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What we have learned from the great judicial day of net neutrality



Over five hours in a courtroom in Washington, DC, today a coalition of net neutrality defenders sat down with the Federal Communications Commission as both sides spoke out for and against Internet regulations.

The dispute is one of the most well-known disputes in the history of the Internet, but there was no immediate indication of how the three judges who supervised the case would decide. Both sides alternately faced sharp questions from the judges of the US Court of Appeals for the District of Columbia.

The petitioners argued that the suspension of the FCC was unlawful in several respects. The FCC failed in its analysis of the Internet services market, did not consider public security, did not prevent states from adopting its own net neutrality rules, and they made a mistake in determining what a telecommunications service is you.

Some of these hits seemed to land, while others fell flat. The FCC changed the legal classification of broadband service when it lifted the rules, and this decision is a crucial issue. However, it was hard to see if the judges there were influenced by the arguments. The analogies to explain the different types of Internet services became more complex: did the FCC treat the Internet like a pizza if it was more like a pizza delivery service? asked a lawyer for the petitioners. And was modern internet service more like Uber Eats?

However, the public safety argument seemed to be an important point in the hearing. The FCC received a sharp interrogation from one of the judges who repeatedly asked how the agency's decision could affect first responders. The Santa Clara district, which appeared in court to defend the rules of net neutrality, noted that the repeal may not be enough to resolve a crisis. (Last year, the county made headlines about a throttling incident during a wildfire in California.)

When someone is strangled in a crisis, the court noted that it matters little if someone is punished later. "Post hoc remedies do not work in the area of ​​public safety, and if I did not fail, they were not addressed in any order," the judge said.

At the hearing, the FCC emphasized that net neutrality rules have hurt broadband investment and that deportation has improved the market, an analysis which the petitioners emphatically reject. A lawyer representing Internet service providers also argued that there was not enough evidence of throttling and blocking to show that the rules of net neutrality were necessary. The Agency has repeatedly argued that its transparency requirements are an effective means of protecting consumers.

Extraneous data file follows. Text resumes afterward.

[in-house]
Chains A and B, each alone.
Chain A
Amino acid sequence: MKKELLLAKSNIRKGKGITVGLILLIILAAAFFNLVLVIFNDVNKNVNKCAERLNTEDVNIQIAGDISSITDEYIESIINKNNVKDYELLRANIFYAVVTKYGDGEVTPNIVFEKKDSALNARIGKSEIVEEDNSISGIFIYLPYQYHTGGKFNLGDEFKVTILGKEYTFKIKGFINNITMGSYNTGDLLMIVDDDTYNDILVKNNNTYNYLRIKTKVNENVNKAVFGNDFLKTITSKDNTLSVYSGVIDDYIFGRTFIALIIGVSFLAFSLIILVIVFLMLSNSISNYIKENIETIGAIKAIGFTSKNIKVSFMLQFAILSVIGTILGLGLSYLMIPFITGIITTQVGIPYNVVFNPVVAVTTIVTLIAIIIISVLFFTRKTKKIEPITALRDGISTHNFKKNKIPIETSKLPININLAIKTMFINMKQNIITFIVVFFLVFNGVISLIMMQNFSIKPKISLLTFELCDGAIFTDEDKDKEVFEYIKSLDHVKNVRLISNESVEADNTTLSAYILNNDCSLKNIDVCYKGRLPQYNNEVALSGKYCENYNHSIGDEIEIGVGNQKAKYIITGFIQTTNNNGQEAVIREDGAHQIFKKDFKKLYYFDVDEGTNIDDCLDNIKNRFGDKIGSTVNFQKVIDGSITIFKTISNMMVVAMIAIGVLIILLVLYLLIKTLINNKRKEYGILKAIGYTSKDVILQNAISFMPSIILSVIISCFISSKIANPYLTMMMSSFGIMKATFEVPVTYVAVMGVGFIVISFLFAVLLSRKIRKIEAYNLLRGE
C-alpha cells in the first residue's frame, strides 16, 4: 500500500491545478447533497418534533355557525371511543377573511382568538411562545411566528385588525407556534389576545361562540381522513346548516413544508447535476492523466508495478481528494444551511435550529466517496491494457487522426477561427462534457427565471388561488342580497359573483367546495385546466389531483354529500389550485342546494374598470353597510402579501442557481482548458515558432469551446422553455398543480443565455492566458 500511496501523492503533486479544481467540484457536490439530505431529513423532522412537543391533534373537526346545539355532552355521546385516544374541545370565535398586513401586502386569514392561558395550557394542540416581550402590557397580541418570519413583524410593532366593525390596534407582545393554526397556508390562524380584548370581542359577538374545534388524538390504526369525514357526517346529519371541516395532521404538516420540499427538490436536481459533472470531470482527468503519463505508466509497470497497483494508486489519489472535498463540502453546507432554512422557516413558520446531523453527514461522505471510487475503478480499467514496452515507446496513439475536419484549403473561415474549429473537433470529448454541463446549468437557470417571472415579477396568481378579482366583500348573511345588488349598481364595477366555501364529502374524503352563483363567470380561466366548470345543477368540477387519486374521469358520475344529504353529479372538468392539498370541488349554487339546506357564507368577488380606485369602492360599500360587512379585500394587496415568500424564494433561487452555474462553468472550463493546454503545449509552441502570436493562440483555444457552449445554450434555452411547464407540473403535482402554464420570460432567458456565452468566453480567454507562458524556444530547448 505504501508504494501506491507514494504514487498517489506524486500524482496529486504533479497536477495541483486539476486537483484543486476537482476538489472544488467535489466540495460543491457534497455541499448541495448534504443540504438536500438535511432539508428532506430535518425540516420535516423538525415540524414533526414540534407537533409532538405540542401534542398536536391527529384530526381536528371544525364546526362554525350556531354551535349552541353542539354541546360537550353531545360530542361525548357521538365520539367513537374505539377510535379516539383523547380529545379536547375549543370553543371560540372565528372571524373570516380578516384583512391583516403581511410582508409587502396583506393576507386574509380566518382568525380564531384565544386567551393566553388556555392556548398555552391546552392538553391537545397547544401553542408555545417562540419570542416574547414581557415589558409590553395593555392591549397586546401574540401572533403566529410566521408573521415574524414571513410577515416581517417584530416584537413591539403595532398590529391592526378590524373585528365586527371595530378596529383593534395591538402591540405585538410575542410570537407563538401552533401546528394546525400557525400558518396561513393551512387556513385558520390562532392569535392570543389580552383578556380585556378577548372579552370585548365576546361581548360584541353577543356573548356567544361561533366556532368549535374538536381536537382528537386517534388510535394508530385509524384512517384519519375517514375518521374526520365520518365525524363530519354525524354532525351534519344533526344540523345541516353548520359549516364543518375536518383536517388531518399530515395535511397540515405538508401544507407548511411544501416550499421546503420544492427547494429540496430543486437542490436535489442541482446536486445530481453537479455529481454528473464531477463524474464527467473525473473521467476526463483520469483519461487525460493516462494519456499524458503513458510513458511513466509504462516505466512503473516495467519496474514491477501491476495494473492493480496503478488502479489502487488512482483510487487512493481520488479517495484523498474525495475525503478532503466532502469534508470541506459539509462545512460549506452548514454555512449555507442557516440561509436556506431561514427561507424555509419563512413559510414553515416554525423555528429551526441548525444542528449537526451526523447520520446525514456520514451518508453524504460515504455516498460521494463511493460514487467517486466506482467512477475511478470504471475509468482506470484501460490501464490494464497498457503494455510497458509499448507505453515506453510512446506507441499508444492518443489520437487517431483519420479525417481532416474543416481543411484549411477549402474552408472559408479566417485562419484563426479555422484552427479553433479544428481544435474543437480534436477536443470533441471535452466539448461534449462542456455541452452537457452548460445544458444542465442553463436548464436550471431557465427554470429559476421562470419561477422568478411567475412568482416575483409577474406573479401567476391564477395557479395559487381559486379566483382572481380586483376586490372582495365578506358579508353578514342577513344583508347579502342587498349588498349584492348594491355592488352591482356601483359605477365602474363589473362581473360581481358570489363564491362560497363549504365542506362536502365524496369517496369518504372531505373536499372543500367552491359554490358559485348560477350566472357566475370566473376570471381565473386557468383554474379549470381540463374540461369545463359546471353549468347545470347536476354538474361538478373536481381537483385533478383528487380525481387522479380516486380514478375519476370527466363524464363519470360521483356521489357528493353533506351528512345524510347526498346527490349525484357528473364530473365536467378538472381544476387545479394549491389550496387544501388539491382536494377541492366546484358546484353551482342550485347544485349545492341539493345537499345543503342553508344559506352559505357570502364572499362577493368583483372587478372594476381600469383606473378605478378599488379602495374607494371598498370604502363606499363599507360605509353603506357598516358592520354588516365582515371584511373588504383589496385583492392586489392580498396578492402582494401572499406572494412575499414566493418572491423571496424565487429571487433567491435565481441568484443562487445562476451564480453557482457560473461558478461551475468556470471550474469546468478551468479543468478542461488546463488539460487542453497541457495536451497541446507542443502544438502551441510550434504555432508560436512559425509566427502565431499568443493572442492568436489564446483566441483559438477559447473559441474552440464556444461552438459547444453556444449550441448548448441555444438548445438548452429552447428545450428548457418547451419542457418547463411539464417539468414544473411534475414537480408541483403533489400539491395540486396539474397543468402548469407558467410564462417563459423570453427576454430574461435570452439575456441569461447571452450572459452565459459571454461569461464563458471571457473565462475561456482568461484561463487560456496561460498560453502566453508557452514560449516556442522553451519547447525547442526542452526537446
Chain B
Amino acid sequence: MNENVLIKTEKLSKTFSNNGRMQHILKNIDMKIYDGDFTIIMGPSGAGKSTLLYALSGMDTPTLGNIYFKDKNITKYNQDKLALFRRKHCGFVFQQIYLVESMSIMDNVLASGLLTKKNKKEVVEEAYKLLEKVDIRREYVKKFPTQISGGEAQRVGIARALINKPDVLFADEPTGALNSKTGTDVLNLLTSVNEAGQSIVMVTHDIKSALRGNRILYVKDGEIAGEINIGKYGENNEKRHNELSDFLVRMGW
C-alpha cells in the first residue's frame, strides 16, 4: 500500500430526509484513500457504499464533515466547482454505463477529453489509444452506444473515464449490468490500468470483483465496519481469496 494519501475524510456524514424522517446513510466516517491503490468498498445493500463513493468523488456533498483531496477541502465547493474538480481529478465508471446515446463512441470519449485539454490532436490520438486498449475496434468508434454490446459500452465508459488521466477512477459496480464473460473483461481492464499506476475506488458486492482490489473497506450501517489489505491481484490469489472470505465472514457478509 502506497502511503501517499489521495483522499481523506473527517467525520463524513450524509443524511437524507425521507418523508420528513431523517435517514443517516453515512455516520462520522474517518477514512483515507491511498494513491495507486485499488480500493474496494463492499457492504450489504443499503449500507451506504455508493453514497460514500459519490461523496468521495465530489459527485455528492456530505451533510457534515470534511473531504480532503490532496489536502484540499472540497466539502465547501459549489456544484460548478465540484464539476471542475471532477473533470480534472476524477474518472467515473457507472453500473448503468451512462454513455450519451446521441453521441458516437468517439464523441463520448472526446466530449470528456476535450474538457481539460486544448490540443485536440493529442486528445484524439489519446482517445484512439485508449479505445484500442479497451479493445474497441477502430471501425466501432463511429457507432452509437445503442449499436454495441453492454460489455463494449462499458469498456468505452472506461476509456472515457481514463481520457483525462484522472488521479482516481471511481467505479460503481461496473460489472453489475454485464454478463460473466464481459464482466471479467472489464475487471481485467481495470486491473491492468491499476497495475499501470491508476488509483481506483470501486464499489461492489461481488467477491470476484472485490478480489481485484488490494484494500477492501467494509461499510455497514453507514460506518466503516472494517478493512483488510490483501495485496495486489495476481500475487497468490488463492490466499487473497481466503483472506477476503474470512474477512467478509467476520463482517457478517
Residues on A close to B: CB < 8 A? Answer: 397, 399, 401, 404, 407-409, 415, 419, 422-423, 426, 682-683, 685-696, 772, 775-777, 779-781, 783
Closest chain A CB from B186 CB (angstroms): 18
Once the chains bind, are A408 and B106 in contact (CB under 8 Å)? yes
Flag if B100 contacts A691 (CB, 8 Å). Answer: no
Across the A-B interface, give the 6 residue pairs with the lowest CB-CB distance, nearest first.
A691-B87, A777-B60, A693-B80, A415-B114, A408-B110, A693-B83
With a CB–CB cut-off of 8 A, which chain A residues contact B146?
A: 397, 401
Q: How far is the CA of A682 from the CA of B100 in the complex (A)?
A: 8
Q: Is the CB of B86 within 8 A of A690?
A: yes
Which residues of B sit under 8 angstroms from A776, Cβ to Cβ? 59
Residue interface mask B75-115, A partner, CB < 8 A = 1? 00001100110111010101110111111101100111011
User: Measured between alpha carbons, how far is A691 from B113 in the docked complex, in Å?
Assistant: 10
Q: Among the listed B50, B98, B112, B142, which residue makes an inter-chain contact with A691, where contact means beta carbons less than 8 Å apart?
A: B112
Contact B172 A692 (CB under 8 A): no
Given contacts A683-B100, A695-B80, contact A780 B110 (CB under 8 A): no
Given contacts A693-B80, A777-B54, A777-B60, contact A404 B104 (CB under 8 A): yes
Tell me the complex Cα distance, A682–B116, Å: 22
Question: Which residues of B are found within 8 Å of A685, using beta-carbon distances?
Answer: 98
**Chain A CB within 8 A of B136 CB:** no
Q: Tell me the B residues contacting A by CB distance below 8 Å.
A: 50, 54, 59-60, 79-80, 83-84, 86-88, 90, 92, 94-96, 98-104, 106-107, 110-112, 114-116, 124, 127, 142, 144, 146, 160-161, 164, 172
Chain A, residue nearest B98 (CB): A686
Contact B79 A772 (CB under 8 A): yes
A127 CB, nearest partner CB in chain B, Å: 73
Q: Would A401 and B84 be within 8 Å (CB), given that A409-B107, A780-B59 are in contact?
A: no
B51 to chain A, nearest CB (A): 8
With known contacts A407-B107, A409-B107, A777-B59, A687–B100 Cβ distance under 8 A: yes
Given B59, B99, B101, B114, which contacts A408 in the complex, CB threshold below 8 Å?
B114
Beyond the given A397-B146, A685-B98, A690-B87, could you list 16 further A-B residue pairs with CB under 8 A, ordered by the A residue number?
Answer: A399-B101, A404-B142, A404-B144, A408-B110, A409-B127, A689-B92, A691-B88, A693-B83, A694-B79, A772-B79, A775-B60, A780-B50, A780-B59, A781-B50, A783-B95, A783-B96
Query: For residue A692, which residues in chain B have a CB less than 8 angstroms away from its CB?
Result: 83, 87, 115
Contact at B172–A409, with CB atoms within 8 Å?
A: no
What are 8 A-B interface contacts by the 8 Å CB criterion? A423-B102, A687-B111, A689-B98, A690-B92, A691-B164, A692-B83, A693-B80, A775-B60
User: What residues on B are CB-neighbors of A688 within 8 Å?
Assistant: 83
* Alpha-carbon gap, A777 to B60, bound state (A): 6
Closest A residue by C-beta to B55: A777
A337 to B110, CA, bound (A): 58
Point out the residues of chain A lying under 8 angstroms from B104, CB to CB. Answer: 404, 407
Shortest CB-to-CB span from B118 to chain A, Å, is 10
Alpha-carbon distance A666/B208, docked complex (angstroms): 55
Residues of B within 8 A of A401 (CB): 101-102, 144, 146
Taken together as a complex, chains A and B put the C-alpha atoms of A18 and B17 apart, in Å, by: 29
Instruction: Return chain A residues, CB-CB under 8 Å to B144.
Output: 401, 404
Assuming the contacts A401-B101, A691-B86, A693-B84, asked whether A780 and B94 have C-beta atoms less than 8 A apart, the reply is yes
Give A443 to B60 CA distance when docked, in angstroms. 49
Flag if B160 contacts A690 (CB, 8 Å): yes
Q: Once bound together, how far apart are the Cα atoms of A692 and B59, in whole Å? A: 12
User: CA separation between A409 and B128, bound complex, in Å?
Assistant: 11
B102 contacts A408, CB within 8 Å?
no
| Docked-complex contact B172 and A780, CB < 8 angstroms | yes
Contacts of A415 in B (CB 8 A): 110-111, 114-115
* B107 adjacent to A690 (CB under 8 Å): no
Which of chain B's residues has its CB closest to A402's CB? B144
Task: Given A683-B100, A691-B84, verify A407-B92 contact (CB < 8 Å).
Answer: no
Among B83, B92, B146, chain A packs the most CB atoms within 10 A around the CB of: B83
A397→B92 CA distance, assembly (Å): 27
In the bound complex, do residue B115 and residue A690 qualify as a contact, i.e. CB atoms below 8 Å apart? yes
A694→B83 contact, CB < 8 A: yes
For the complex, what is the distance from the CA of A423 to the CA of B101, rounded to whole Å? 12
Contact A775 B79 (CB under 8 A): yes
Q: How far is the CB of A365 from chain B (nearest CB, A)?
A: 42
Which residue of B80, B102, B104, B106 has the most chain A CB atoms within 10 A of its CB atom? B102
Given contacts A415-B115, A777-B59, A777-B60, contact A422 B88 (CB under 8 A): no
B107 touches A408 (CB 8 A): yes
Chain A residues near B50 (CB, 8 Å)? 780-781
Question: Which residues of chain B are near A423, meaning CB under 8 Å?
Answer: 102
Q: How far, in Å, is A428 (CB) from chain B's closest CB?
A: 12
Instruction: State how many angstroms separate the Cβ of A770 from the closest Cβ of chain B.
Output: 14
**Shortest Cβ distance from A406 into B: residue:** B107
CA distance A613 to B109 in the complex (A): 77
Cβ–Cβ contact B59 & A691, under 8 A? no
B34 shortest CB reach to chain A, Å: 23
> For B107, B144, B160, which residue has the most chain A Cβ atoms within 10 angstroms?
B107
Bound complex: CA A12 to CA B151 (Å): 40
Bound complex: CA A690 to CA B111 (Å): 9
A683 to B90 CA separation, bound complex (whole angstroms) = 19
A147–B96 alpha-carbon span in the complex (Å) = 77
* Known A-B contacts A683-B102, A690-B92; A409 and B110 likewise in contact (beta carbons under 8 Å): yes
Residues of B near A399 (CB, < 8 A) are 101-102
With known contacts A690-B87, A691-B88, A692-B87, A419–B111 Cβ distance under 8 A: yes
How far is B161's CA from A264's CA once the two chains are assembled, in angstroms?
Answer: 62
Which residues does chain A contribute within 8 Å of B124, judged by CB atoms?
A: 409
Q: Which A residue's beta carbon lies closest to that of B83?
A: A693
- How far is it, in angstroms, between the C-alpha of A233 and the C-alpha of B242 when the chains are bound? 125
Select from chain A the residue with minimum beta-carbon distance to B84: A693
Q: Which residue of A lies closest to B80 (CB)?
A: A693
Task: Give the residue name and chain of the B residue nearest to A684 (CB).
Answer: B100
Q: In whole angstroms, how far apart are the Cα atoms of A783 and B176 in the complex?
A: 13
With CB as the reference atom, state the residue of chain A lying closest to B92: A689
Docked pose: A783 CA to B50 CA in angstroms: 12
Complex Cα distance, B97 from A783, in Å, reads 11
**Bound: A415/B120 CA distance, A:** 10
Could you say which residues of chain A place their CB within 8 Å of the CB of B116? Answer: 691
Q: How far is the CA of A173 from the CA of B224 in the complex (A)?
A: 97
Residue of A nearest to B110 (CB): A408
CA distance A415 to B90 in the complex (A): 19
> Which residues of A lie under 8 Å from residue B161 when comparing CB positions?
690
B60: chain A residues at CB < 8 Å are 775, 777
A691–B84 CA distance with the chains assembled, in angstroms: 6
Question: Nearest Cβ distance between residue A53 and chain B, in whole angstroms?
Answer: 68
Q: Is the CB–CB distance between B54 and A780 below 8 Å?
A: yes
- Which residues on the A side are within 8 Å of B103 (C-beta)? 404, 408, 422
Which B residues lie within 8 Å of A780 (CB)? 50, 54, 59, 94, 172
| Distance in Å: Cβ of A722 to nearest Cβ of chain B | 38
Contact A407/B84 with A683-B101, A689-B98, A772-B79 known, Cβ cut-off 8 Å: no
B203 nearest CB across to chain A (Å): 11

The court could be bound to the case for a long time. Even though its participants used the language of a highly technical litigation, the attack was one of the most dramatic moments in the struggle for net neutrality.

"Today, we fought for an open and free Internet that puts consumers first," said Mozilla's Chief Operating Officer, Denelle Dixon, in a statement. "Mozilla has accepted this challenge because we believe the FCC must follow the rules like everyone else." The FCC, the statement said, has decided "to renounce its responsibility to protect consumers on a whim."

"The US Supreme The Court has already reaffirmed the FCC's authority to classify broadband as Title I information service," said Matthew Berry, FCC Chief of Staff, "and according to today's argument, we continue to believe that the judiciary's decision The FCC will back it up The legal framework under which the Internet prospered before 201

5 and continues to flourish to this day. "

FCC Commissioner Jessica Rosenworcel, who voted against the decision to lift the net neutrality rules, said in a tweet that there was one "There is no lack of complex issues in the oral argument", but that "the court now has a chance to correct what the FCC did wrong." "Me "I'm hopeful."

Update, 16:52 ET: Contains a statement from the FCC.


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